Hopefully, these are constructive and positive proposals that will give greater definition and detail in the Bill to what the Government are trying to achieve and the goals that we all share. They make it explicit that multiple placements and the use of multiple social workers has been unacceptable for too long. A very strong message must go to the relevant departments that everything must be done to avoid those things so that we get more figures comparable with the likes of Barnet, rather than authorities at the other end of the spectrum.
Beverley Hughes: As the hon. Gentleman rightly says, stability is critical for children in care. That is why stability is one of the four key principles that underpin the “Care Matters: Time for Change” White Paper and that are at the heart of the Bill. We know from our own children that they should be able to rely on stable relationships, and that applies particularly to looked-after children. They should be able to attach to people, to trust people and to gain consistent support from their carers and social workers. That kind of stability is essential in allowing looked-after children to thrive and achieve.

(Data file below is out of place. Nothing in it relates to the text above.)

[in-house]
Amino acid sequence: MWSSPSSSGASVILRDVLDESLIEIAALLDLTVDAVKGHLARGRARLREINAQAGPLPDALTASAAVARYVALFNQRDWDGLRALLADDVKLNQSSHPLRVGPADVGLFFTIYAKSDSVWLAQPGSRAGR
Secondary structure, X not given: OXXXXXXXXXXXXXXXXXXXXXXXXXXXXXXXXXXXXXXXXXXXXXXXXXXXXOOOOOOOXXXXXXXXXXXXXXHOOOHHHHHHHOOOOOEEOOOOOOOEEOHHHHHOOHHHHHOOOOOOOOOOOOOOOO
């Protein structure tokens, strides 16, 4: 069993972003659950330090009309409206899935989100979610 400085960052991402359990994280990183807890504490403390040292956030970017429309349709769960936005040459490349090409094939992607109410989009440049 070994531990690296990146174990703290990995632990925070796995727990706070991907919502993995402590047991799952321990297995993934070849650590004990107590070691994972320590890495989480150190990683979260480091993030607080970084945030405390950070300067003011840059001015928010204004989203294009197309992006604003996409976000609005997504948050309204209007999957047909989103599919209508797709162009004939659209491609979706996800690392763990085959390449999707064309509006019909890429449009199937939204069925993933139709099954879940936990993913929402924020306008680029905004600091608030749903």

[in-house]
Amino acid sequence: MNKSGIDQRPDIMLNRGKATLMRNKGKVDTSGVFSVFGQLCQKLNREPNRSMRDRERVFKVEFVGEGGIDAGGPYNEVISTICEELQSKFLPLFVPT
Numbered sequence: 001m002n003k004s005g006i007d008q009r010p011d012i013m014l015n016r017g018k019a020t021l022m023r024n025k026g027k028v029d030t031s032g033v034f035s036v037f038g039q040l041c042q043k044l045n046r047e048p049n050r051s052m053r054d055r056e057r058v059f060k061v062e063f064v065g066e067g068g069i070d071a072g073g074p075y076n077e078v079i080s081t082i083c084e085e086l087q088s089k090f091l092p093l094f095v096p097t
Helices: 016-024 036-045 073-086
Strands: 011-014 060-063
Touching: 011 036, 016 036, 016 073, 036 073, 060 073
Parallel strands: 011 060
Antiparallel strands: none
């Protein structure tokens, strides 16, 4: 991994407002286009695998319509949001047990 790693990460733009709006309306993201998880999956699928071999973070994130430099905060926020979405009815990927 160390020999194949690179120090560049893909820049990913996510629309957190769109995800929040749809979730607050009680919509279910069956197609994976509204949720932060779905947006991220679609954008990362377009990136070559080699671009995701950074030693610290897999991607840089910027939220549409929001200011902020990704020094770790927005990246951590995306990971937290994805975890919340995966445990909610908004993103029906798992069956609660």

It is particularly crucial to minimise disruption during the two years of key stage 4, as the hon. Gentleman mentioned. Such disruptions can have a dramatic effect on the ability of children to achieve their educational potential, particularly if they have to change schools.
5.45 pm